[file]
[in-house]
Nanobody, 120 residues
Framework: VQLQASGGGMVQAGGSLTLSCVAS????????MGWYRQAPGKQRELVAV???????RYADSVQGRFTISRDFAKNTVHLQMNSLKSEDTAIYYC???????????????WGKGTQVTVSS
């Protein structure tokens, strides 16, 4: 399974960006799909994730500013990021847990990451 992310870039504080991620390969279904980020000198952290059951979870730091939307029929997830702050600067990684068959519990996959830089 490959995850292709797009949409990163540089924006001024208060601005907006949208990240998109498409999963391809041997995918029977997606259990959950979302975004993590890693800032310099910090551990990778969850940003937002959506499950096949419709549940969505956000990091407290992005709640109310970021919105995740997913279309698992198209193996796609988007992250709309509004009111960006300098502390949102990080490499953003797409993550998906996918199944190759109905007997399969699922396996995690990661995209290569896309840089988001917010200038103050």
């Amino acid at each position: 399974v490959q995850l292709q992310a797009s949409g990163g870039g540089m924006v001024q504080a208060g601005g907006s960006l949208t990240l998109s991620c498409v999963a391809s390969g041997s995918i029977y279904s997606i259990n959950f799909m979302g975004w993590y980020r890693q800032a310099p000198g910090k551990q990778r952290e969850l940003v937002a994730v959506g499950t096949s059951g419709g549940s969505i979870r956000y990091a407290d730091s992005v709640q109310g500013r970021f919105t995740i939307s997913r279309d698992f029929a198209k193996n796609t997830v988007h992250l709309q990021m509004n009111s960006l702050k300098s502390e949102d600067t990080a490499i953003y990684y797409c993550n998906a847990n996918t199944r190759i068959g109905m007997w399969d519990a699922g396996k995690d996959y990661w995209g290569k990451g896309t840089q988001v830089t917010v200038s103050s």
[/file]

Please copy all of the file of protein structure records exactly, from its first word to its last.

[in-house]
Nanobody, 120 residues
Framework: VQLQASGGGMVQAGGSLTLSCVAS????????MGWYRQAPGKQRELVAV???????RYADSVQGRFTISRDFAKNTVHLQMNSLKSEDTAIYYC???????????????WGKGTQVTVSS
């Protein structure tokens, strides 16, 4: 399974960006799909994730500013990021847990990451 992310870039504080991620390969279904980020000198952290059951979870730091939307029929997830702050600067990684068959519990996959830089 490959995850292709797009949409990163540089924006001024208060601005907006949208990240998109498409999963391809041997995918029977997606259990959950979302975004993590890693800032310099910090551990990778969850940003937002959506499950096949419709549940969505956000990091407290992005709640109310970021919105995740997913279309698992198209193996796609988007992250709309509004009111960006300098502390949102990080490499953003797409993550998906996918199944190759109905007997399969699922396996995690990661995209290569896309840089988001917010200038103050």
């Amino acid at each position: 399974v490959q995850l292709q992310a797009s949409g990163g870039g540089m924006v001024q504080a208060g601005g907006s960006l949208t990240l998109s991620c498409v999963a391809s390969g041997s995918i029977y279904s997606i259990n959950f799909m979302g975004w993590y980020r890693q800032a310099p000198g910090k551990q990778r952290e969850l940003v937002a994730v959506g499950t096949s059951g419709g549940s969505i979870r956000y990091a407290d730091s992005v709640q109310g500013r970021f919105t995740i939307s997913r279309d698992f029929a198209k193996n796609t997830v988007h992250l709309q990021m509004n009111s960006l702050k300098s502390e949102d600067t990080a490499i953003y990684y797409c993550n998906a847990n996918t199944r190759i068959g109905m007997w399969d519990a699922g396996k995690d996959y990661w995209g290569k990451g896309t840089q988001v830089t917010v200038s103050s």